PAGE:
November 10, 2016
On 9 November 2016, Andrzej Jakubowski held a guest lecture entitled ‘Gli effetti giuridici dei trasferimenti territoriali sulla protezione del patrimonio culturale e sulla attuazione dei diritti culturali – l’esempio di Pirano e dei suoi beni culturali [Legal Effects of Territorial Transfers on the Protection of Cultural Heritage and Realisation of Cultural Rights – the Example of Piran and Its Cultural Treasures]’, at the Museum Casa Tartini in Piran, Slovenia. The event was organised by the Association Comunità degli Italiani di Pirano ‘Casa Tartini’, an Italian community in Slovenia.
The lecture dealt with the controversial question of territorial and cultural pertinence of almost 100 works of art from the fourteenth to the eighteenth centuries by the most prominent artists of the Republic of Venice such as: Benedetto and Vittorio Carpaccio, Cima da Conegliano, Alvise Vivarini, Jacopo Palma il Giovane, and Giambattista Tiepolo. Until 1940–1941, these treasures had been preserved in three coastline municipalities of Italian Istria: Koper (Capodistria), Piran (Pirano), and Izola (Isola), known now as the Slovenian Littoral or Primorska. In 1940, before the war with Yugoslavia, Italian authorities decided to evacuate the most valuable works of art from their eastern borders, including objects from the churches and museums of Istria. The removal, ordered for preservation reasons, was done in conformity with domestic Italian legislation and was approved by local and church administrations. In the beginning, the objects were gathered at a collection point in the province of Udine. In 1943, some were returned to the owners, for example, a priceless group of paintings from Saint Anne’s Church and Monastery in Koper. The majority of the works of art evacuated from the Slovenian Littoral were, however, sent to Rome where they remained sealed in wooden crates for the next 6- years. In 2005–2006, some of these objects were exhibited at the Revoltella Museum in Trieste. As a result of post-Second World War decisions, the Istrian peninsula became part of the territory of the Socialist Federal Republic of Yugoslavia (SFRY). However, the allocation of Istria’s jewels has never been settled. After the dissolution of Yugoslavia, Slovenia—one of the SFRY successors states—asked for the return of the evacuated objects to the places where they had been commissioned and from which they had been taken. The issue has not been settled and some of the paintings are now displayed in the Museum Sartorio in Trieste (Italy).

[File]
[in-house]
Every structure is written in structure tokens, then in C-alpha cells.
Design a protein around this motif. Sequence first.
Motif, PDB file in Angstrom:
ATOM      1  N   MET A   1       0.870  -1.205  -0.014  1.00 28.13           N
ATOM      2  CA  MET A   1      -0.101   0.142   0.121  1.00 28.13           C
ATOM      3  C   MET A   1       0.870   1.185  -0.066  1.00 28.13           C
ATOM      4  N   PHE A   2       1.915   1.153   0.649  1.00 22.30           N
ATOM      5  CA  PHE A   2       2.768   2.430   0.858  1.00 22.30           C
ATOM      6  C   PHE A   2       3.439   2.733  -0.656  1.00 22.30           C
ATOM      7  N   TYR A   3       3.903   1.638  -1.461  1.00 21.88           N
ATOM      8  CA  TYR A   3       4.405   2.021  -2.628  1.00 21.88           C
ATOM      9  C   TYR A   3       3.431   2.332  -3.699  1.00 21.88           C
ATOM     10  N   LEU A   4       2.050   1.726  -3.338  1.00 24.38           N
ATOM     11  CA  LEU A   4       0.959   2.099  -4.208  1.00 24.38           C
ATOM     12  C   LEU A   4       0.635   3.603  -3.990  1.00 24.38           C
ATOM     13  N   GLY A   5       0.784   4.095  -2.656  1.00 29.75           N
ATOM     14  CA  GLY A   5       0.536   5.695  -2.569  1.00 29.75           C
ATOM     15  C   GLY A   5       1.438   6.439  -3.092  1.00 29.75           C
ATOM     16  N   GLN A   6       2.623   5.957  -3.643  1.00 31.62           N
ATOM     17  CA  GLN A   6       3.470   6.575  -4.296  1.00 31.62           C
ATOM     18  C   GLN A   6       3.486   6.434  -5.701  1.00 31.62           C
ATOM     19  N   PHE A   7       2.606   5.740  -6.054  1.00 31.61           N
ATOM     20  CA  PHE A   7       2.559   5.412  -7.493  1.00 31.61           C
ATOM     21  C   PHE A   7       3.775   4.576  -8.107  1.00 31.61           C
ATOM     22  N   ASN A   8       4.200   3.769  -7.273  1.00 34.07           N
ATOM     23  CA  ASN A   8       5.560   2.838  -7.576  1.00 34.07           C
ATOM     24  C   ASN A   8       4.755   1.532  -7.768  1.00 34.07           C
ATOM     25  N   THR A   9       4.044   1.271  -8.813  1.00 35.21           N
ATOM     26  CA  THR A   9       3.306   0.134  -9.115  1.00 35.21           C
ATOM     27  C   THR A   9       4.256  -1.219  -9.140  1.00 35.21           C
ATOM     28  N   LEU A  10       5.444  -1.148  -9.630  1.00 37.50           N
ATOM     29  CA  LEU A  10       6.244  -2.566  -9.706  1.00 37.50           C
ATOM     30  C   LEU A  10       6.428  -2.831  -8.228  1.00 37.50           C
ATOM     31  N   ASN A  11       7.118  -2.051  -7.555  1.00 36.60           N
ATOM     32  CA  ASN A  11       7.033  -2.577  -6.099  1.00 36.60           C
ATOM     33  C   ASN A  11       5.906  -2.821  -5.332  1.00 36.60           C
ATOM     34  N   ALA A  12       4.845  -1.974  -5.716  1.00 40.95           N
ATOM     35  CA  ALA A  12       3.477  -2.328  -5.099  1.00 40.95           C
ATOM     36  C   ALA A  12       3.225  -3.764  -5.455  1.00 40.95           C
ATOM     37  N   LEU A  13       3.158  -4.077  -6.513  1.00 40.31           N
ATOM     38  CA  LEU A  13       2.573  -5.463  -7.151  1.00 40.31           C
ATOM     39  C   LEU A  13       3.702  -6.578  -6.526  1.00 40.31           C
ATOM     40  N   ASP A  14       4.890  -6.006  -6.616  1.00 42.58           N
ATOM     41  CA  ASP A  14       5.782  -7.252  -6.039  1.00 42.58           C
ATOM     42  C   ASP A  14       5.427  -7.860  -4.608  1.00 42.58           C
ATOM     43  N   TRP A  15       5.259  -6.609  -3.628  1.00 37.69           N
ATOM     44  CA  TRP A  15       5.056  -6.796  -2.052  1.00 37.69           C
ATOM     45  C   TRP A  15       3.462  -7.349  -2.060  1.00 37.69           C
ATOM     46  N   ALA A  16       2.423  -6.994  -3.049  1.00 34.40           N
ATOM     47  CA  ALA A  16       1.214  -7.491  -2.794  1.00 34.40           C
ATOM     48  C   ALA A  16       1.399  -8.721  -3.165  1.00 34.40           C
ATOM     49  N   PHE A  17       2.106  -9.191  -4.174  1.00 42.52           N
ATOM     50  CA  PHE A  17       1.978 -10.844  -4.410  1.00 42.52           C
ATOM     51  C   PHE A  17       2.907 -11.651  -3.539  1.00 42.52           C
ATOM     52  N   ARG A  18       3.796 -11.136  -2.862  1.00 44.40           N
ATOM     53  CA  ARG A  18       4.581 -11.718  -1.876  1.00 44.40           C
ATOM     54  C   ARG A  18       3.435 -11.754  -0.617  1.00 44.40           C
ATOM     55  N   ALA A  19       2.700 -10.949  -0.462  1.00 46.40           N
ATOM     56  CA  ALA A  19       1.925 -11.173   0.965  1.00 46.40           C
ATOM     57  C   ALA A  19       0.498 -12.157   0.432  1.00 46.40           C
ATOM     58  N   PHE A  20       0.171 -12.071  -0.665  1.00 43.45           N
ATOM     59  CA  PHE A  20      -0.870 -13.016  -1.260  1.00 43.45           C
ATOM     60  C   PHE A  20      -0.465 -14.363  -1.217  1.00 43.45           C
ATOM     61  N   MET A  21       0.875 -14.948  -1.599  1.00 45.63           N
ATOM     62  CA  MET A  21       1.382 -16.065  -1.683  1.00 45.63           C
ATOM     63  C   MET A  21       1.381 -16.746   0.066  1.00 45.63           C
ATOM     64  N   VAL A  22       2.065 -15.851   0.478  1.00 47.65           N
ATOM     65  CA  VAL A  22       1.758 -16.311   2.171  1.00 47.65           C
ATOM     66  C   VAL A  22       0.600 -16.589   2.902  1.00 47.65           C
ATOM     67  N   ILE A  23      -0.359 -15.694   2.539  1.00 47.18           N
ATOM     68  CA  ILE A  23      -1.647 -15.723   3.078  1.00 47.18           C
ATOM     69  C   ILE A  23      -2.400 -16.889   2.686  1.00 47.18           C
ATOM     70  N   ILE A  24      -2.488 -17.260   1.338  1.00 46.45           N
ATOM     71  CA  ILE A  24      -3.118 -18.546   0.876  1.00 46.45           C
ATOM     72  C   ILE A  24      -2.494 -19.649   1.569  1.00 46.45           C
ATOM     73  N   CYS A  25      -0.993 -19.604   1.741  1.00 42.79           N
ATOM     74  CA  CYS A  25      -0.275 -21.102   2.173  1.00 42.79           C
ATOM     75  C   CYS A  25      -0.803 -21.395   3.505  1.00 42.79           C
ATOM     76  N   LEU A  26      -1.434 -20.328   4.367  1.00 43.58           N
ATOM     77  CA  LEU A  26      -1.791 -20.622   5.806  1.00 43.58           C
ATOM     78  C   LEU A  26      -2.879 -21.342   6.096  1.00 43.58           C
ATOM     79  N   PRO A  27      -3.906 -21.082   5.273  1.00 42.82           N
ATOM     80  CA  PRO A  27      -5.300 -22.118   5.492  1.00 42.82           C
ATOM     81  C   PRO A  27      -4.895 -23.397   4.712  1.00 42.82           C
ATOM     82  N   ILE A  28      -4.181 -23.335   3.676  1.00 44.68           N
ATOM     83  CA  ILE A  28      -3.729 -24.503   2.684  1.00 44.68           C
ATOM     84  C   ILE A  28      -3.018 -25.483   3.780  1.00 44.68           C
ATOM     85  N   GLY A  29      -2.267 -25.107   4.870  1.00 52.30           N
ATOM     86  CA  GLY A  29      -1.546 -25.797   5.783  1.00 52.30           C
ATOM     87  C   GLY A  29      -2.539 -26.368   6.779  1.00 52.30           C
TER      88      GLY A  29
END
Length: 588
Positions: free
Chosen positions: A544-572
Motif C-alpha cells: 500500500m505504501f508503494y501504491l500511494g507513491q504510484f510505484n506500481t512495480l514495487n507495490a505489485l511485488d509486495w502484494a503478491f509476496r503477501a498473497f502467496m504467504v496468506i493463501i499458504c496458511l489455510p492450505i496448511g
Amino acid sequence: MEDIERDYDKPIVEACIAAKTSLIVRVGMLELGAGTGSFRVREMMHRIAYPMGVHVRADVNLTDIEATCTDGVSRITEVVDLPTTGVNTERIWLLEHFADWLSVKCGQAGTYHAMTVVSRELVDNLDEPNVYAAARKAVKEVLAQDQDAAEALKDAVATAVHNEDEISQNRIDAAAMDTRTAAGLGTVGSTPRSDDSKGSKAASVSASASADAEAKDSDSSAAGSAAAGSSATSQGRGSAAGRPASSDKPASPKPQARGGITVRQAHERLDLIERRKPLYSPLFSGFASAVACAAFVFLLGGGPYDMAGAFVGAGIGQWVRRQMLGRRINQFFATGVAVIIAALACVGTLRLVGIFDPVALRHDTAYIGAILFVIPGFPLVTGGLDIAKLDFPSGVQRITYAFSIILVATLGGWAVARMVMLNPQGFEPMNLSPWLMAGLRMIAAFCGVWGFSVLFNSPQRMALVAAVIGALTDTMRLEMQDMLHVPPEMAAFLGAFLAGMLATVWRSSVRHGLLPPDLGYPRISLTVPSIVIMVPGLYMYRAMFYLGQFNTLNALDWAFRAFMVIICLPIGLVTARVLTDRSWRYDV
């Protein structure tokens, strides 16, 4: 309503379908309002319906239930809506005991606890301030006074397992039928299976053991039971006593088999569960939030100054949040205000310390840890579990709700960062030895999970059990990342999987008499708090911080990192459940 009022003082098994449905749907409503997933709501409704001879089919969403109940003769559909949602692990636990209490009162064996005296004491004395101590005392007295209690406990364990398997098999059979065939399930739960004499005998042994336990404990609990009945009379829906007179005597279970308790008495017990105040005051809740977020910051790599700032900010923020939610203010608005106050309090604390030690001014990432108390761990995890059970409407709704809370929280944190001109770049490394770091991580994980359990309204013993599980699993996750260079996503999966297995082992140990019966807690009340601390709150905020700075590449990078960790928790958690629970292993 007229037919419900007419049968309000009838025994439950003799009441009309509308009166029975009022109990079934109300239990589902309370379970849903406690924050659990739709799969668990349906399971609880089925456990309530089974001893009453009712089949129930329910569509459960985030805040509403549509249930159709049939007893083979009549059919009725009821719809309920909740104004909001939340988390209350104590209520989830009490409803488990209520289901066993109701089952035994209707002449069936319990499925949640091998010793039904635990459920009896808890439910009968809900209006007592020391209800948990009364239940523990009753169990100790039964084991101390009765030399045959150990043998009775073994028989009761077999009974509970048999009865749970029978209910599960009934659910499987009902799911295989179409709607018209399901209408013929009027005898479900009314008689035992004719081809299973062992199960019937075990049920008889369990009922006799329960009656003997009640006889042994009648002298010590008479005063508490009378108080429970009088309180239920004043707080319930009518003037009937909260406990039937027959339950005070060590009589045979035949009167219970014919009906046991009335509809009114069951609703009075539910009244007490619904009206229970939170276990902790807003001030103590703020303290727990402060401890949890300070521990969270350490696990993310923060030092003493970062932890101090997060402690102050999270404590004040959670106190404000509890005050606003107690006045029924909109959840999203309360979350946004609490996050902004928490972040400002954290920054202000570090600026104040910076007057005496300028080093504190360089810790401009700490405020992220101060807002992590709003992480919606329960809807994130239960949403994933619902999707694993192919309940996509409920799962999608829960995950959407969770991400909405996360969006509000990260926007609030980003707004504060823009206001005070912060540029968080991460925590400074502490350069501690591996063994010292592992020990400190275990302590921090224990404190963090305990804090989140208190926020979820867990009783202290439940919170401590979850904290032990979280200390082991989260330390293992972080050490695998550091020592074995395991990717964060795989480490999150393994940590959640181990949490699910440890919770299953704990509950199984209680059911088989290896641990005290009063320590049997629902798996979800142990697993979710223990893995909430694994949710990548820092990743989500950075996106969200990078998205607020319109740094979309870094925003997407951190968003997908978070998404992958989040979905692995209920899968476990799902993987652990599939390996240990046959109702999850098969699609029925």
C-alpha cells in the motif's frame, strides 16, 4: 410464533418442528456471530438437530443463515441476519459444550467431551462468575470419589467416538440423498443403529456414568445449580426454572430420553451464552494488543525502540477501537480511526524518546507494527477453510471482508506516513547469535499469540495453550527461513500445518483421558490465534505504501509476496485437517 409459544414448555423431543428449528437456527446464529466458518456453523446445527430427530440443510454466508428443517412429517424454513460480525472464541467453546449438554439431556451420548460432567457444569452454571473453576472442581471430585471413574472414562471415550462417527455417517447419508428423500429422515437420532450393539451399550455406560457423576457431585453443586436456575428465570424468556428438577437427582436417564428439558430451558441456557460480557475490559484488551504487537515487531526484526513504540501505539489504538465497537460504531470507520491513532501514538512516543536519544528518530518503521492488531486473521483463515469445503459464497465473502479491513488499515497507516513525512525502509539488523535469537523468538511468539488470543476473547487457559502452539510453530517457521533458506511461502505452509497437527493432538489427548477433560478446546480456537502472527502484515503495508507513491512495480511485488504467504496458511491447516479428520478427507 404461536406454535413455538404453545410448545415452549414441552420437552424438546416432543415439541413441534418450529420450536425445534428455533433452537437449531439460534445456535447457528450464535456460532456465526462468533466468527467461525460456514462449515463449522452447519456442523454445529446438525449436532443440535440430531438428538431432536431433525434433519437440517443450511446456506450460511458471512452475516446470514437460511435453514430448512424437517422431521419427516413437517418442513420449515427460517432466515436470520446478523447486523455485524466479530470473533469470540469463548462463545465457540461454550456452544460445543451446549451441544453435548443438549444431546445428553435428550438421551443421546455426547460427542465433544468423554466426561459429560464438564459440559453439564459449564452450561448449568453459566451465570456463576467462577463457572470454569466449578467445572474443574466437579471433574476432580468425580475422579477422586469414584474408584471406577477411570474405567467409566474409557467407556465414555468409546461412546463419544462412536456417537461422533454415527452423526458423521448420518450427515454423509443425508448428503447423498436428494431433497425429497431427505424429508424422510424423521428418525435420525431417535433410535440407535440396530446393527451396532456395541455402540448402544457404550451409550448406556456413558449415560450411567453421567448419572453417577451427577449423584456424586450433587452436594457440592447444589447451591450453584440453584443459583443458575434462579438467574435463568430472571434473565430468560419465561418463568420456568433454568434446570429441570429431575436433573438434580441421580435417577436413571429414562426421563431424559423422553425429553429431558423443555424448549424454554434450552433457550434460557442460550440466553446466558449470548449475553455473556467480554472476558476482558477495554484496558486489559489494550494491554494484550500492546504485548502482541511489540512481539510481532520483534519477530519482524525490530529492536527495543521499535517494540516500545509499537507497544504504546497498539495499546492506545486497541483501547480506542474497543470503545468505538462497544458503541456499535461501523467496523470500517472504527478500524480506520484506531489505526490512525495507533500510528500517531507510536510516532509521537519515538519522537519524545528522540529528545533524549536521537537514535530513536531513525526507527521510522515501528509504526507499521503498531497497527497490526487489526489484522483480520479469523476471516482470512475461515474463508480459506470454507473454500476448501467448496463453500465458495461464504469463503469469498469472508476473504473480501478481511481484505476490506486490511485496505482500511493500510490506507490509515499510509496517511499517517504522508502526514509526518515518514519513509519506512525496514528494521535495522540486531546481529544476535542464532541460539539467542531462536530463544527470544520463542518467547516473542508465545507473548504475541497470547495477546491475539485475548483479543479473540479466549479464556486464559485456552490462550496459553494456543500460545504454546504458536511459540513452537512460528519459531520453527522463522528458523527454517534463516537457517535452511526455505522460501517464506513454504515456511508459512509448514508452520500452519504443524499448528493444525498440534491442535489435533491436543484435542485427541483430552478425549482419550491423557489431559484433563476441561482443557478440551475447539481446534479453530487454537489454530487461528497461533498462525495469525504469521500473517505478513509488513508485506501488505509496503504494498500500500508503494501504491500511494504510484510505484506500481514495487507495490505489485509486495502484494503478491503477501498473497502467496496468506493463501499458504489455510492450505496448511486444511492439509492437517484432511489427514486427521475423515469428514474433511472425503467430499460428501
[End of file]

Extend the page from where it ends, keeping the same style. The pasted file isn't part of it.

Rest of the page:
The lecture, while addressing this international controversy in light of treaty law in force, emphasized the significance of human rights considerations, particularly the role of community participation in solving cultural heritage disputes.
The event was moderated by Andrea Bartole, Vice-President of the Association Comunità degli Italiani di Pirano ‘Casa Tartini’.
Press realise: jakubowski-articolo-voce-del-popolo-11_11_2016-1
An interview at Radio Capodistria is already available online.
A TV interview is available here: ‘Tuttoggi’ of 10 November 2016.
Images of some of the contested objects can be found here.